The Living Pulpit (Mary Alice Mulligan) -- A Review

THE LIVING PULPIT: Sermons that Illustrate Preaching in the Stone-Campbell Movement 1968-2018. Mary Alice Mulligan, General Editor. St. Louis: CBP Press, 2018. Viii + 280 pages.

Disciples (my denomination) call ourselves “people of the Table.” While this may be true, preaching plays a leading role in our life together. Along with the Table, at which we gather weekly, preaching serves a foundational role in our worship. Thomas and Alexander Campbell, Barton Stone, and Walter Scott (the acknowledged founders of the Stone-Campbell Movement) all were preachers, with Stone and Scott being evangelists. They proclaimed the word, believing that it would lead to redemptive purposes. The movement has been marked by strong preaching down through the years. This commitment to preaching within the movement has been recorded by the movement through published volumes reproducing representative sermons. The first of these compilations was published in 1868. Another was published in 1918, and a third volume titled The Vital Pulpit of the Christian Church was published in 1969. These anthologies of sermons published about every fifty years provided historical snapshots of preaching in the Movement, illuminating style and concerns of each era. The Living Pulpit, published in 2018, continues that tradition.

The 2018 edition of The Living Pulpit brings together forty sermons offered by preachers from each of the three branches of the Stone Campbell Movement. While the general editor, Mary Alice Mulligan (a preaching professor at Christian Theological Seminary), and the publisher, are Disciples, an effort has been made to be inclusive of the entire stream of the spiritual descendants of the Campbells, Stone, and Scott. This gives us an opportunity to see the breadth of a movement. Each branch was accorded thirteen preachers/sermons, which were selected by a team of eight contributing editors— three Disciples, three from the Churches of Christ, and two from the Christian Churches/Churches of Christ. They were tasked with selecting sermons preached sometime between 1968 and 2018. And an attempt was made by each team to choose representative (not necessarily best) sermons from across the time span. This gives us a taste of how preaching has changed over time, in each of the three branches of the movement. There is a fortieth sermon in the collection, and that is a sermon from Fred Craddock, who is acknowledged by preachers from across the movement and beyond, to be one of most influential figures in homiletics over the past half-century. His book As One Without Authority, published in 1971, served to revolutionize preaching for the next generation. So, it’s fitting to begin the book with a sermon from Craddock.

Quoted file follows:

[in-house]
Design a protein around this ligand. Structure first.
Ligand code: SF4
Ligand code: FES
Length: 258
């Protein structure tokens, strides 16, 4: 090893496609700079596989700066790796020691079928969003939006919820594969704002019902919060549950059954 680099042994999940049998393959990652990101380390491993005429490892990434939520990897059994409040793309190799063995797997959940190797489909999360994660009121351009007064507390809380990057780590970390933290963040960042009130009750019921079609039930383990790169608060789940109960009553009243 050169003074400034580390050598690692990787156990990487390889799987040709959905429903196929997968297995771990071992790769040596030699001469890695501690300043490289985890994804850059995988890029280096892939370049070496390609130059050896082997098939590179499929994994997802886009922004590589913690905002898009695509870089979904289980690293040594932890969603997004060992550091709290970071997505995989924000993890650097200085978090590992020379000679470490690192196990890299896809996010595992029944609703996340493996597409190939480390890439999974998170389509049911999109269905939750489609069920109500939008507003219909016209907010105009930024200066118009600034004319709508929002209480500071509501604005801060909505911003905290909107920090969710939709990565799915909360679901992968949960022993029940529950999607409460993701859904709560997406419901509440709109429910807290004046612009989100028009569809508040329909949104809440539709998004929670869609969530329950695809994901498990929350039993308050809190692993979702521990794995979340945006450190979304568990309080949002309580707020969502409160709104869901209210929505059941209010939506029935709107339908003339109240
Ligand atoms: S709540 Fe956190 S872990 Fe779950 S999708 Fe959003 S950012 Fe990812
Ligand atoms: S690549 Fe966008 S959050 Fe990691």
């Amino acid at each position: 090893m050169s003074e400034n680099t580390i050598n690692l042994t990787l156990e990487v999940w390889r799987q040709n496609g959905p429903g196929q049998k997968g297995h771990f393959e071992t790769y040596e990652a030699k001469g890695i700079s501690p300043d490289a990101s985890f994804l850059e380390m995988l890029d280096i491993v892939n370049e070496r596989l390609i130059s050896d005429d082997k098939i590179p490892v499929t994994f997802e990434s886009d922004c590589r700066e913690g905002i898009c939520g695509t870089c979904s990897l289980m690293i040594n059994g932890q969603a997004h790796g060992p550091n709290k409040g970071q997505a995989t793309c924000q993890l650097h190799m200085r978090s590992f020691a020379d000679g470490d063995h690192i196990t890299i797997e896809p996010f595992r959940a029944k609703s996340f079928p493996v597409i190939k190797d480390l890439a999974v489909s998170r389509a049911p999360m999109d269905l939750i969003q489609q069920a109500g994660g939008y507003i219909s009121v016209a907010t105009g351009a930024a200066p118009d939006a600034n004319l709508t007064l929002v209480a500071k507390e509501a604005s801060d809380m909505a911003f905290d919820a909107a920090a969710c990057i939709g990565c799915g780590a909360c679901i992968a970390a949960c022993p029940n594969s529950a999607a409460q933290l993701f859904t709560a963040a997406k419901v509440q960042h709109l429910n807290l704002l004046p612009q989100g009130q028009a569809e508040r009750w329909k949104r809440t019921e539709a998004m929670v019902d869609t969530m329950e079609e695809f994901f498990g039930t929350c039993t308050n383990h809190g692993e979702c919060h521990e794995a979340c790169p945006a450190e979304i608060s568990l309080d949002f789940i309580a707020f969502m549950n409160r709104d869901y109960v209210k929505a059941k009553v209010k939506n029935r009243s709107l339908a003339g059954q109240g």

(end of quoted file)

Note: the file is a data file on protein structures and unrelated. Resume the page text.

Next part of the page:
While I have connections to all three branches of the movement, as Disciple pastor I am most familiar with the Disciples choices. I am familiar with ten of the thirteen and have heard maybe six of them preach. Of the persons in the other two groups, I am familiar with some, and have heard a few of them preach at some point. One of them, Rubel Shelley has filled the pulpit at Central Woodward Christian Church, where I serve as pastor. Comparing this list with the preachers chosen for the earlier volume (1969), I noticed a couple of things. First, all of the preachers were Disciples. Second, Ronald Osborn has a contribution in both volumes, suggesting his importance across both time periods, third, two of the preachers are my predecessors—Perry Gresham and James Hempstead, which leads me to wonder why Edgar Dewitt Jones didn’t get included in that volume! (update on Jones; he appeared in the prior volume published in 1918, while he was the senior minister at First Christian Church of Bloomington, Illinois.)

Regarding this volume, in her preface, Mary Alice Mulligan notes that these are not intended to be understood as "best" sermons. Rather they are "typical" sermons. One thing one must always keep in mind when reading sermons is that they are written for the ear not the eye. So, as we read the sermons, we miss crucial elements in the sermon. We miss voice tonality and inflection and body movement. We’re reminded that in this day and age visuals are often used in preaching, and they are noted but not seen or experienced. Nevertheless, the words on the page give us a sense of purpose and design and theology. This last piece is important, because there are differences in theology that exist between the three branches and within them. The Disciples offerings are on the more liberal end of the spectrum, but even here there are differences. While the other two branches are considered to be more conservative, there is a spread of views there as well.